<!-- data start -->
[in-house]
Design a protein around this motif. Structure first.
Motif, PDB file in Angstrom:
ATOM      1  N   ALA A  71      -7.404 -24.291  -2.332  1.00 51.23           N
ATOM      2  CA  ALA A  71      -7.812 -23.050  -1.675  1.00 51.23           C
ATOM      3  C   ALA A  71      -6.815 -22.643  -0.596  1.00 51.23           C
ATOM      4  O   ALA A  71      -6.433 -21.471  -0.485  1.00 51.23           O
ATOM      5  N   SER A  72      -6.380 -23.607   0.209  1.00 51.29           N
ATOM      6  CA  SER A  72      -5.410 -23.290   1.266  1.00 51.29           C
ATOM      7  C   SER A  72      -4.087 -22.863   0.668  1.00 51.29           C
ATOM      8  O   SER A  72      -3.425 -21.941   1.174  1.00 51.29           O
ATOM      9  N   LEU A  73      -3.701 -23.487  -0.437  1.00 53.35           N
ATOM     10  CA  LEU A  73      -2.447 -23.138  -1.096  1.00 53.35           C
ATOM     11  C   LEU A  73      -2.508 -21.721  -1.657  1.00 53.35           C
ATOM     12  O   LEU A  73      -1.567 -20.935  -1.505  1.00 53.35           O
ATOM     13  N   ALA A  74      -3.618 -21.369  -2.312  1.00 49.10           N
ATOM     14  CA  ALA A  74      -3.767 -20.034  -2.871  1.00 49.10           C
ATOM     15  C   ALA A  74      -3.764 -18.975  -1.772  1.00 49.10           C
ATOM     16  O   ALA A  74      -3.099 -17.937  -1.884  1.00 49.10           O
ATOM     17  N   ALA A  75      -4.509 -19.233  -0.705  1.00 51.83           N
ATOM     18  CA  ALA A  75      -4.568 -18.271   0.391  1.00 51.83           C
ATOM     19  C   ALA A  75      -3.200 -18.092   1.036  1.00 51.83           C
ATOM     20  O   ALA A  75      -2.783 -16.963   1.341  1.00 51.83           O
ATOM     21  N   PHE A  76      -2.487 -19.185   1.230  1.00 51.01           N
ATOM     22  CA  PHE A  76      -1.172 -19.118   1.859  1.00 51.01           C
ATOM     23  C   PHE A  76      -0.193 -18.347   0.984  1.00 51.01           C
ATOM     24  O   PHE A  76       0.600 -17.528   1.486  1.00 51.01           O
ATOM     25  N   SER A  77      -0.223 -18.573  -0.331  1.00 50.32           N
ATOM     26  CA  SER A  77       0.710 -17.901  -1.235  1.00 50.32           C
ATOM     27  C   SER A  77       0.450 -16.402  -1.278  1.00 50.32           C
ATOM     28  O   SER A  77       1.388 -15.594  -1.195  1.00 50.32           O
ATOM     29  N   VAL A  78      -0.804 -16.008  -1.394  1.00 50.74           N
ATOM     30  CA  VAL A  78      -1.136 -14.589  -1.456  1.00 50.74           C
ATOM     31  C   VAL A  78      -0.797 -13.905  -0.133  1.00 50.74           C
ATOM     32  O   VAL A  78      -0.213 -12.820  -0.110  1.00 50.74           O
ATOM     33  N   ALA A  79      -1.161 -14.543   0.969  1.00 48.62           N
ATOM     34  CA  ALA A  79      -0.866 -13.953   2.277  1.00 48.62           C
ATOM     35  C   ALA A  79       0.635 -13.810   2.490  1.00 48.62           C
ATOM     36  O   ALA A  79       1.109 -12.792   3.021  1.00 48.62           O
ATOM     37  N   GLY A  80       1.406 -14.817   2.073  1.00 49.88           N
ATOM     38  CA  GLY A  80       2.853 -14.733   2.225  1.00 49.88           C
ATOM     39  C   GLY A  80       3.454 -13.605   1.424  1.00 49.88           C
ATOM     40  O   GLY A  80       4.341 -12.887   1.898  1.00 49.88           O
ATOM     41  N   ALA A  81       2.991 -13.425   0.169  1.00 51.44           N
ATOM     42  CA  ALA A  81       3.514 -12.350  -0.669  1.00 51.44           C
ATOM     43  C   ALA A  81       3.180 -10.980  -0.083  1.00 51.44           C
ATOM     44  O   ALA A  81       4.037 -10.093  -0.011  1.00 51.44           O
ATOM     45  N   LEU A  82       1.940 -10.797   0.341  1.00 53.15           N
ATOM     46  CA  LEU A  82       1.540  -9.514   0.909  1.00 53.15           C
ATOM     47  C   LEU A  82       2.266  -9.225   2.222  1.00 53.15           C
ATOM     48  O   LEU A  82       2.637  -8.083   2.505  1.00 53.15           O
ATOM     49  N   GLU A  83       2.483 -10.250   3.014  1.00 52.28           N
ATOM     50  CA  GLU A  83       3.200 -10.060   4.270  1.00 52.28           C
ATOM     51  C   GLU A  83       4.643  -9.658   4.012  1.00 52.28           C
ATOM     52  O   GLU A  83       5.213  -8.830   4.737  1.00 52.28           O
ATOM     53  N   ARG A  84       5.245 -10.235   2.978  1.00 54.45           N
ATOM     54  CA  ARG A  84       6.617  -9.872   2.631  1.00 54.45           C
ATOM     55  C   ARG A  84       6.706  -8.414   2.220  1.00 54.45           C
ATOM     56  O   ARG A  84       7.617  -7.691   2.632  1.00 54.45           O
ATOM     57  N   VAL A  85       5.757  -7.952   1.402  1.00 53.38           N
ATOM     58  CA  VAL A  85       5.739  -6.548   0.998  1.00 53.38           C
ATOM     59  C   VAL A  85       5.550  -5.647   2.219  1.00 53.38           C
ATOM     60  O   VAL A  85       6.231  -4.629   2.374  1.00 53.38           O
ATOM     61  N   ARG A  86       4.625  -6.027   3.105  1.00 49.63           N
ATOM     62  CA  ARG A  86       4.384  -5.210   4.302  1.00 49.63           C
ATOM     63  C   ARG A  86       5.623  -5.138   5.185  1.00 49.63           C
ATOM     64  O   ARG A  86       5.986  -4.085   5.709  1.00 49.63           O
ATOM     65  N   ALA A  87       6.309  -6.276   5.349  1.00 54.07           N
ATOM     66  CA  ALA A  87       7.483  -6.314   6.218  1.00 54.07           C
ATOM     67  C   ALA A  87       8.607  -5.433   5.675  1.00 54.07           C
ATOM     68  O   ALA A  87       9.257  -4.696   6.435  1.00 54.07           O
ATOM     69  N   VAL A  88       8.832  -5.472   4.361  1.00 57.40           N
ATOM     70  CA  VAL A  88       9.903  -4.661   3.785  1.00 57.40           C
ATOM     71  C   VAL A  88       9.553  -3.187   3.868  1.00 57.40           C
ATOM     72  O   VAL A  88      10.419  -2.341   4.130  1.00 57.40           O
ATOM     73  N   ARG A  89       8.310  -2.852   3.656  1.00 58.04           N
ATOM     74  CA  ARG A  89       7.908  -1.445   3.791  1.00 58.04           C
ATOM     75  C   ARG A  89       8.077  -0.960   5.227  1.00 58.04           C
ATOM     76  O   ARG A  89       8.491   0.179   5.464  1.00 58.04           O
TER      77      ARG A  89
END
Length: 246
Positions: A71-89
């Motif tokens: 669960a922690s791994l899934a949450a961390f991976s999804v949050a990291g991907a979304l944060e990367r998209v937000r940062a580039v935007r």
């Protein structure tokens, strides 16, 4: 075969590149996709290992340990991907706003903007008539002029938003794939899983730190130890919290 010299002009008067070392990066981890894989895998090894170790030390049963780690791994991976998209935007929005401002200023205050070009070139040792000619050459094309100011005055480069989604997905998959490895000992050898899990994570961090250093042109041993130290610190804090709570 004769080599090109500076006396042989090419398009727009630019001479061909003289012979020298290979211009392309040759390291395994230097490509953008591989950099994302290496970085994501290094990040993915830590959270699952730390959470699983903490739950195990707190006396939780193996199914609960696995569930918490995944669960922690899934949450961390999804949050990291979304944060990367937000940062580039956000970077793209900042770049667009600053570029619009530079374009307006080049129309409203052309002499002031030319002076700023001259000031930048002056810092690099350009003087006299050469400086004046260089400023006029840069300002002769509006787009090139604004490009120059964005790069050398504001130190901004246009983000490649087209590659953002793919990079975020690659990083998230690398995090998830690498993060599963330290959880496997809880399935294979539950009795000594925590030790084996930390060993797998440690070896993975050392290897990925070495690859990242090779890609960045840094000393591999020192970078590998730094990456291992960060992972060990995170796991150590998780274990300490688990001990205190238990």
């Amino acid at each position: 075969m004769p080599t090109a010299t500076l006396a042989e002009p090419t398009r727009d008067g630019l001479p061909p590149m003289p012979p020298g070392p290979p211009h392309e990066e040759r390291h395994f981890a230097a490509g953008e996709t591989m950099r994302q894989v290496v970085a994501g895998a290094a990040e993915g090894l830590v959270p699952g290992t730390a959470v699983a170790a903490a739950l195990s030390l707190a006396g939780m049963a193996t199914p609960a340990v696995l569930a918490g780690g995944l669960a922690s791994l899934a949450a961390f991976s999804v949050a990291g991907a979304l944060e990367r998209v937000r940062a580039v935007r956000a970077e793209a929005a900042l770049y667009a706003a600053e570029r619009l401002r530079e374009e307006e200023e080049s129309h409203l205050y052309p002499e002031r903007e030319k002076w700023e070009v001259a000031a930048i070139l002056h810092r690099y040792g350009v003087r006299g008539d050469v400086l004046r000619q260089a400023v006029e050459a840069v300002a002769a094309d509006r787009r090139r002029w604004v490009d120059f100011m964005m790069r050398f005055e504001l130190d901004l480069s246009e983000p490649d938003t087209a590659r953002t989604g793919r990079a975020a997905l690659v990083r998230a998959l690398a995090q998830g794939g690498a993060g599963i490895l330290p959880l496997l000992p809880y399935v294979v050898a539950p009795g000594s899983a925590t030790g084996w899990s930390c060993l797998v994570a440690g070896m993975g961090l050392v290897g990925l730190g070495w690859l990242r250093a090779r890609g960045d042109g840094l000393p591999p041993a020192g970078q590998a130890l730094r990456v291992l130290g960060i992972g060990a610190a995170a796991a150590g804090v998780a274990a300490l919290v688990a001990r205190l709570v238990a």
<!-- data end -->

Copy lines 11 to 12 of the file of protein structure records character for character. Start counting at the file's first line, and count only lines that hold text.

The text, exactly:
ATOM      8  O   SER A  72      -3.425 -21.941   1.174  1.00 51.29           O
ATOM      9  N   LEU A  73      -3.701 -23.487  -0.437  1.00 53.35           N